Fidest – Agenzia giornalistica/press agency

Quotidiano di informazione – Anno 33 n° 348

Posts Tagged ‘weight’

Stand up: It could help you lose weight

Posted by fidest press agency su giovedì, 1 febbraio 2018

Sophia Antipolis. You might want to read this on your feet. A new study published today in the European Journal of Preventive Cardiology1 found that standing instead of sitting for six hours a day could prevent weight gain and help people to actually lose weight.Prolonged sitting has been linked to the obeSophia Antipolissity epidemic, cardiovascular disease, and diabetes. Europeans sit for up to seven hours a day, and even physically active people may spend most of the day in a chair. This paper examined whether standing burns more calories than sitting. The researchers analysed results from a total of 46 studies with 1,184 participants in all. Participants, on average, were 33 years old, 60% were men, and the average body mass index and weight were 24 kg/m2 and 65 kg, respectively.The researchers found that standing burned 0.15 kcal per minute more than sitting. By substituting standing for sitting for six hours a day, a 65 kg person would expend an extra 54 kcal a day. Assuming no increase in food intake, that would equate to 2.5 kg in one year and 10 kg in four years.
Senior author Professor Francisco Lopez-Jimenez, Chief of Preventive Cardiology at the Mayo Clinic in Rochester, US, said: “Standing not only burns more calories, the additional muscle activity is linked to lower rates of heart attacks, strokes, and diabetes, so the benefits of standing could go beyond weight control.” The gap in energy expenditure between standing and sitting could be even greater than the study found. Participants were standing still, while in reality people make small movements while standing. “Our results might be an underestimate because when people stand they tend to make spontaneous movements like shifting weight or swaying from one foot to another, taking small steps forward and back. People may even be more likely to walk to the filing cabinet or trash bin,” said Professor Lopez-Jimenez.he authors concluded that replacing standing for sitting could be yet another behaviour change to help reduce the risk of long term weight gain. They suggest more research is needed to see whether such a strategy is effective and practical. Data is also needed, they say, on the long term health implications of standing for extended periods.Professor Lopez-Jimenez said: “It’s important to avoid sitting for hours at a time. Standing is a very good first step – no pun intended – to avoid this mindset of sitting interminably without moving. Who knows, it may also prompt some people to do a little more and take up some mild physical activity, which would be even more beneficial.”

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20 cent school intervention stops unhealthy weight gain in children

Posted by fidest press agency su sabato, 27 agosto 2016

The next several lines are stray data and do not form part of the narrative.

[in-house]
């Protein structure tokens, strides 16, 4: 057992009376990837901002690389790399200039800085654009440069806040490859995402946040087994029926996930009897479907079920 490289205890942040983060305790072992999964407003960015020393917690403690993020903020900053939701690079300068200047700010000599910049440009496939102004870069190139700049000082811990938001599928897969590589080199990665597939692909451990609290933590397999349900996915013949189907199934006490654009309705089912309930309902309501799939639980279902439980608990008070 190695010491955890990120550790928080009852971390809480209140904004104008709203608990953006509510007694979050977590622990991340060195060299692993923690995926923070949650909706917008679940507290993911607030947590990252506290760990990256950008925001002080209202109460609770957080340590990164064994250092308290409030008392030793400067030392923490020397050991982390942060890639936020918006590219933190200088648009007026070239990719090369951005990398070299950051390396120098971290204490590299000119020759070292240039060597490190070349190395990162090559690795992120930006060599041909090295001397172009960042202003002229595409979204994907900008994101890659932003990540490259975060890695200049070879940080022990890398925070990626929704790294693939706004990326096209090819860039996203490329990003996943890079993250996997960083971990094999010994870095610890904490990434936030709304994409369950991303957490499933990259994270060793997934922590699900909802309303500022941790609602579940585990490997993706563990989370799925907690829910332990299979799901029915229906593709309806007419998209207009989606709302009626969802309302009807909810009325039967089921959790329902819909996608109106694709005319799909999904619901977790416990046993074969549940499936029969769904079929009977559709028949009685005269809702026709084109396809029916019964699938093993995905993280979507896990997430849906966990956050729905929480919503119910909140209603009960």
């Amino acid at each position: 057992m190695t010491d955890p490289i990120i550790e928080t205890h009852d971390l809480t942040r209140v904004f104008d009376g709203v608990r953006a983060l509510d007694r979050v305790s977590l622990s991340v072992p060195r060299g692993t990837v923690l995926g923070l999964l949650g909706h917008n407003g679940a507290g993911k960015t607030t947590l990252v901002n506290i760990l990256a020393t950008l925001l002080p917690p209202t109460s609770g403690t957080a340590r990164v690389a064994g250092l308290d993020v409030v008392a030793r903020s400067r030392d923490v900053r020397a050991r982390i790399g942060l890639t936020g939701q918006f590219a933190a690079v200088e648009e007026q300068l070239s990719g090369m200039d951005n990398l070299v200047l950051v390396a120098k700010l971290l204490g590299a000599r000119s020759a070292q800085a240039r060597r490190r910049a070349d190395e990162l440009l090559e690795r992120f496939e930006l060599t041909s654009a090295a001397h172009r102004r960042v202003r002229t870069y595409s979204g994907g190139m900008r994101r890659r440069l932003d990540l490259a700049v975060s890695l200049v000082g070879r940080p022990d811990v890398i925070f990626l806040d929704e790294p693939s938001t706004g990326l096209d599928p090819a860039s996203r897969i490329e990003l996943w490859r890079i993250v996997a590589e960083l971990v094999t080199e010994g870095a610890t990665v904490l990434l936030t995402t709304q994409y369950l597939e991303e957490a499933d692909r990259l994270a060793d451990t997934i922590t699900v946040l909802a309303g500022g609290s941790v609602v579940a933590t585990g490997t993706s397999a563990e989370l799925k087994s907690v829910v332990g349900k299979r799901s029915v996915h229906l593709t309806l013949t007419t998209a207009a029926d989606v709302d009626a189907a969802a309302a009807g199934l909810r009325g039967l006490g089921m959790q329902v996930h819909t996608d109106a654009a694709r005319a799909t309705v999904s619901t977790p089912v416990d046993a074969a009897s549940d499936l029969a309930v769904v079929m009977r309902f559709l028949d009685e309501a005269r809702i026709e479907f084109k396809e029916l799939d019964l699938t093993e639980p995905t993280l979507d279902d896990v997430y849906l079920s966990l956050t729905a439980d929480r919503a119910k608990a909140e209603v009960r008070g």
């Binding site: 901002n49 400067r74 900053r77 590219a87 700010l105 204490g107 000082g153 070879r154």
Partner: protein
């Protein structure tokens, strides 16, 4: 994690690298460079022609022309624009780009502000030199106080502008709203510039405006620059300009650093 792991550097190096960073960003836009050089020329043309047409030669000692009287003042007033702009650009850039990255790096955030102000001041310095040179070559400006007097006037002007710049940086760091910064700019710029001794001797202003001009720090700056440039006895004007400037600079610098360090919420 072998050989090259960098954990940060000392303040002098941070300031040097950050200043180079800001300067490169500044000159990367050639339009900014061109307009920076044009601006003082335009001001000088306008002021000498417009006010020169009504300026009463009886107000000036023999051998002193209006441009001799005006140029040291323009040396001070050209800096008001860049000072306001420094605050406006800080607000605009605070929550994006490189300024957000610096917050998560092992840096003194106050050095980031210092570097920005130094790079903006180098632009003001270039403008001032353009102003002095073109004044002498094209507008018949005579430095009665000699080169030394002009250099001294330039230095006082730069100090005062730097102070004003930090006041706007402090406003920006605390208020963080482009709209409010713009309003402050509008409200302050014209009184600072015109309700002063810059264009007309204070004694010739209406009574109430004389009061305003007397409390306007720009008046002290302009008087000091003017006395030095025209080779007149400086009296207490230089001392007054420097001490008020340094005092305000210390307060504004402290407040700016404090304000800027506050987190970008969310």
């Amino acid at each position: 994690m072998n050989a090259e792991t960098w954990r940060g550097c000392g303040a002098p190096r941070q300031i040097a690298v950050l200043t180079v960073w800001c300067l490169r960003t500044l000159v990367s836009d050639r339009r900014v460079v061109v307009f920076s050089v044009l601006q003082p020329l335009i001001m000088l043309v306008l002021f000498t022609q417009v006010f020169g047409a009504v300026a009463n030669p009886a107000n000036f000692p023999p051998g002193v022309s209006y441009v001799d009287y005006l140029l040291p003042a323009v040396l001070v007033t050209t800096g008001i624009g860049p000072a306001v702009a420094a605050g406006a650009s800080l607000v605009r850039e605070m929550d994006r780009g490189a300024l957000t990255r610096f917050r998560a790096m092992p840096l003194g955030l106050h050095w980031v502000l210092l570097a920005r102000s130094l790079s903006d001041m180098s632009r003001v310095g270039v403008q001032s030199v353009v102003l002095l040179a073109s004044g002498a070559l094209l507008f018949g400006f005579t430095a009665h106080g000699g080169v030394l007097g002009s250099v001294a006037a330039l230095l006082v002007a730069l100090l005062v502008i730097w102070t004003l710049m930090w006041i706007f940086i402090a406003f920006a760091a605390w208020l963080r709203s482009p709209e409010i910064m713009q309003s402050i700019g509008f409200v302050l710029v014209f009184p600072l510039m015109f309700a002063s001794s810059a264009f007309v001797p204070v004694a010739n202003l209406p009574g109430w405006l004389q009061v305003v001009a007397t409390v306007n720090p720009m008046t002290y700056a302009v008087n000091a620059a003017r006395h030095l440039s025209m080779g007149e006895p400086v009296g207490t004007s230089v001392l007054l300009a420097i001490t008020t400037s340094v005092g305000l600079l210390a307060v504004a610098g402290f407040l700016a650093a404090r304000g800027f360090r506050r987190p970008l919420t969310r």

cardiology congress-2016Rome, Italy 27 Aug 2016 Fiera di Roma (Ingresso Nord, Via Portuense 1645/1647) A school intervention costing less than 20 cents per child has stopped unhealthy weight gain. The randomised study is presented at ESC Congress 2016 today by Ms Daniela Schneid Schuh, a nutritionist at the Institute of Cardiology of Rio Grande do Sul in Porto Alegre, Brazil.1 “Obesity has reached a plateau in developed countries but continues to rise in many developing countries, such as Brazil,” said Ms Schneid Schuh. “Thus, it is necessary to develop low-cost methods to prevent people become overweight, starting in childhood.”Healthy School, Happy School was a randomised controlled trial designed to test the effectiveness of an intervention stop obesity in children. It was conducted in Feliz, Brazil.“Feliz is the Portuguese word for ‘Happy’, and the study name pays tribute to this small but very special town in South Brazil,” said Ms Schneid Schuh. “Mainly influenced by German immigration, Feliz has one of the highest human development indexes in the country.2 But health problems such as obesity, sedentarism, hypertension and other chronic diseases are aggravated by rising urbanisation and changing eating habits.”The research group in paediatric preventive cardiology in Porto Alegre recruited four public schools in Feliz with students of both genders, aged between five and 16 years. Schools were randomly assigned to one of two groups for nine months: the intervention group (two schools with 73 children), which focused on lifestyle changes at school and at home, or the control group (two schools with 140 riochildren), which only received the usual recommendations from the regular school curriculum. The interventions in the study were delivered by nutritionists in the Research Group on Cardiovascular Prevention in Childhood and Adolescence (PREVINA), nutrition graduate students, and psychologists and nurses employed by Feliz City Hall.Intervention activities occurred monthly in the schools’ multimedia room or sports court, with seminars and workshops about physical activities, healthy eating behaviours and bullying. This last topic was included after talking to children, who reported dissatisfaction with body image and suffering bullying from classmates for being obese. Afterwards, homework activities which required family interaction and commitment to accomplish the goals were proposed. In addition, schools promoted healthy eating by displaying posters and selling nutritious food in the snack bar.There was no difference between groups before the intervention. The average age was 9 ± 2 years, average body mass index (BMI) was 19 kg/m2 and 55.4% were girls. The children in the control group showed a significant increase in BMI after the nine months of the study (p ≤ 0.01). BMI in the intervention group remained the same, but there was a significant increase in fruit consumption and physical activity (p < 0.05).